Maryland's Board of Elections certified a petition Tuesday to put the state's new same-sex marriage law on the November ballot, the final procedural step needed for voters to challenge the controversial law.
"We're excited, we're on the ballot," said Dereck McCoy, executive director of the Maryland Marriage Alliance, a church-led group pushing to repeal the law. "We're glad that we were able to have a loud say."
The Maryland Marriage Alliance submitted 162,224 signatures to repeal the law — the most turned in on any referendum issue in recent memory. The Board of Elections stopped verifying after approving 109,313 of them.
"We've determined that the petitions satisfied the legal requirements," said Donna Duncan, director of the elections management section of the state Board of Elections.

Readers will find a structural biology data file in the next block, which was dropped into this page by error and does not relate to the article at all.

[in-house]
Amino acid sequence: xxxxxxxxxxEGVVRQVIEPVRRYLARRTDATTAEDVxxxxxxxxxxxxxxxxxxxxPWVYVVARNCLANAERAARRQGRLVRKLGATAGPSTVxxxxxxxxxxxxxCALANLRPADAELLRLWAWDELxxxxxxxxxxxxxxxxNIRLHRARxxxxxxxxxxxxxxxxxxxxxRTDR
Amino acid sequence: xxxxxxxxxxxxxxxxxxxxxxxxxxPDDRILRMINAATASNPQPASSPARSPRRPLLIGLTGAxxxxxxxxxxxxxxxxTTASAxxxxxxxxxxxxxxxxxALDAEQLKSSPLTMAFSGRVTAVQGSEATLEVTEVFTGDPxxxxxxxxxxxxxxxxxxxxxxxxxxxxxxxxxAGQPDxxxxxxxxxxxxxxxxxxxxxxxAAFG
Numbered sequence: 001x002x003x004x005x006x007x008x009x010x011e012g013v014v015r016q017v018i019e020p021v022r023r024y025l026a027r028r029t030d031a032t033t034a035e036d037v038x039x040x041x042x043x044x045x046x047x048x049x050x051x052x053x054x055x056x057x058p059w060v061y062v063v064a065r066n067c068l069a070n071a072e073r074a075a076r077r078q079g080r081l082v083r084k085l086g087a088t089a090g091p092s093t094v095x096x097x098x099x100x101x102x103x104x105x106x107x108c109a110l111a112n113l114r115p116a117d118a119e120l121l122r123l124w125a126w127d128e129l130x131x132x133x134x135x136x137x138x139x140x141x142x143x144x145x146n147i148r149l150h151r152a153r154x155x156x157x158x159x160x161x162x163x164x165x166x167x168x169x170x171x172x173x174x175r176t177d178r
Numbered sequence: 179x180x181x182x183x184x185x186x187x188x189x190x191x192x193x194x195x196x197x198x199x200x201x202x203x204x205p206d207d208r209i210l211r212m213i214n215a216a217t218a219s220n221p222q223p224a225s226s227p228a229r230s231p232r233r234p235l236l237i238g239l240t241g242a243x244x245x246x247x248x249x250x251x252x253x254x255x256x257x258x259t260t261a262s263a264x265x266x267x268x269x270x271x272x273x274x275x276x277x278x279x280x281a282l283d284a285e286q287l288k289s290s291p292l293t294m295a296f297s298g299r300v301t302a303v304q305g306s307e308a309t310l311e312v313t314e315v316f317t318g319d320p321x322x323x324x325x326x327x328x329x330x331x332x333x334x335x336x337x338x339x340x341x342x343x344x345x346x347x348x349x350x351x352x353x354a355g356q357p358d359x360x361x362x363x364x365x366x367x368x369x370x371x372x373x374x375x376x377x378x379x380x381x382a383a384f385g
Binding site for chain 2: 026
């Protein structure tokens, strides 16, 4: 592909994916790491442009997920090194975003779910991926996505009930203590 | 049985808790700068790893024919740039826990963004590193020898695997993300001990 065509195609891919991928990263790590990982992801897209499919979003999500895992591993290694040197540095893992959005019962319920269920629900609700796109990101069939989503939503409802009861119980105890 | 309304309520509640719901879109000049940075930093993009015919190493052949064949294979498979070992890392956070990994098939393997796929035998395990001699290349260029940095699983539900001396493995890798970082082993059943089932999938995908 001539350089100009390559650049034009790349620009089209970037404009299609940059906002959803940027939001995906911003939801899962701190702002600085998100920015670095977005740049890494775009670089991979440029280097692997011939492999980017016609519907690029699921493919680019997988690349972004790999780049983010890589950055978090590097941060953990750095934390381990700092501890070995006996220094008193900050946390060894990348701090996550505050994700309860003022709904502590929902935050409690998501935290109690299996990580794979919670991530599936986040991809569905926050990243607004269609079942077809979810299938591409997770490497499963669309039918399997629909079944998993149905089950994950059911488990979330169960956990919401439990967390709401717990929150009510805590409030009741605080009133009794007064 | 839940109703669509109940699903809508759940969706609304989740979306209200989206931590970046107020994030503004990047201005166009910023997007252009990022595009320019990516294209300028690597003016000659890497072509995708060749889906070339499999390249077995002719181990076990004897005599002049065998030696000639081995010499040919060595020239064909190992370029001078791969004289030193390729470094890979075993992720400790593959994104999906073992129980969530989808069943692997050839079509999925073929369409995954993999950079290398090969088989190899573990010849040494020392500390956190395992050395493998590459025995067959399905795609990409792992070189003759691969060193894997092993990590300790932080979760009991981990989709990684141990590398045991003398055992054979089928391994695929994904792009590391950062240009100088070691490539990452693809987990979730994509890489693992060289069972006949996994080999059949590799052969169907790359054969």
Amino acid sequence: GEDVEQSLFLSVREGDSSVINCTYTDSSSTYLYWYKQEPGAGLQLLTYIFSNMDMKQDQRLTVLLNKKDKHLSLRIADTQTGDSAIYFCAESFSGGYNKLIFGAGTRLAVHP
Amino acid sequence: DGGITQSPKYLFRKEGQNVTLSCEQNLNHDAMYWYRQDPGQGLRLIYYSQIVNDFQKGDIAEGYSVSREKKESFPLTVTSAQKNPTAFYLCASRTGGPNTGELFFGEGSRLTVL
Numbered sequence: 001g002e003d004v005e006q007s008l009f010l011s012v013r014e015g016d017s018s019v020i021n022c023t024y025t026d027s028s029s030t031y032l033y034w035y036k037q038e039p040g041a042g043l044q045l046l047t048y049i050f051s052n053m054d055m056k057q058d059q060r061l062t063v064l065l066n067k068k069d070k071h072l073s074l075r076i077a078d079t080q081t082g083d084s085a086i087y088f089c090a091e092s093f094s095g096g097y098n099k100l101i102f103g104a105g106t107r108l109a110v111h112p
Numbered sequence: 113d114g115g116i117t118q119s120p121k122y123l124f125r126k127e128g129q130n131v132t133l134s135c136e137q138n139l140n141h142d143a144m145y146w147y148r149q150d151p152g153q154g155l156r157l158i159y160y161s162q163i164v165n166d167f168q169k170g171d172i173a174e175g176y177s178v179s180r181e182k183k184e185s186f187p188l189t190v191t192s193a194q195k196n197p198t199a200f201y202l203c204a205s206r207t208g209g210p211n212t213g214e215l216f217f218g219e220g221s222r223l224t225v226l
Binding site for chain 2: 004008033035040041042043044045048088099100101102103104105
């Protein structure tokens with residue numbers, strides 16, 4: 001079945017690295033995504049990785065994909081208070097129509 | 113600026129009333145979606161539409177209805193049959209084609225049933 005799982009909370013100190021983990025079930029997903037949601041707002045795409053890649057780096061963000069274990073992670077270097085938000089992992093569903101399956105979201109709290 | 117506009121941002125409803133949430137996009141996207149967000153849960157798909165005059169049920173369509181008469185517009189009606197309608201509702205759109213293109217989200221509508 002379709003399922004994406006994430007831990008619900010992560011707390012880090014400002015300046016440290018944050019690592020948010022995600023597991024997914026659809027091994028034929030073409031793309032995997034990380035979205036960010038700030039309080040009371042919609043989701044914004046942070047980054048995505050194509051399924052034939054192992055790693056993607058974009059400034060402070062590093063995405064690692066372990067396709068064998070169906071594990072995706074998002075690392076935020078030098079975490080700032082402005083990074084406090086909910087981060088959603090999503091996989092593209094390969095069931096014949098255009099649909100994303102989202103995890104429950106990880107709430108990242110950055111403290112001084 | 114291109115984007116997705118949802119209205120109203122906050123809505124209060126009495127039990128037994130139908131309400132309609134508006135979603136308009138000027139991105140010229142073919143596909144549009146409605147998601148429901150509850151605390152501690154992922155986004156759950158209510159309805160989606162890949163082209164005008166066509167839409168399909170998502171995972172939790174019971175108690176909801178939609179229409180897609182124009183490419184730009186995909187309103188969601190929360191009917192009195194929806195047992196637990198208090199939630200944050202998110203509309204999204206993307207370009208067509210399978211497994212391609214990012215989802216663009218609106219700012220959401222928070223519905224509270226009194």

A spokesman for Marylanders for Marriage Equality, a group defending the new law, would not say whether his group plans to mount a court challenge. "We're not taking any options off the table," said Kevin Nix, the spokesman.
The group has long assumed that opponents would be able to put the question to voters, Nix said. "Our base is fired up, momentum is with us."
African-Americans make up about a third of the state's registered voters, and traditionally have been uneasy with same-sex marriage. However, new polling suggests that the needle is moving among black voters, and they are becoming more open to the issue.
Nix's group released a new Web-only ad Tuesday featuring mostly African-Americans explaining on camera why they support same-sex marriage.
NAACP chairman Julian Bond also issued a statement Tuesday supporting same-sex marriage, saying that Marylanders will be "casting a vote on the law — not on their faith."
Tuesday's certification means that advocates and opponents will both have to create ballot committees and start tracking their donations and expenses. They will not have to report on these until Oct. 12.
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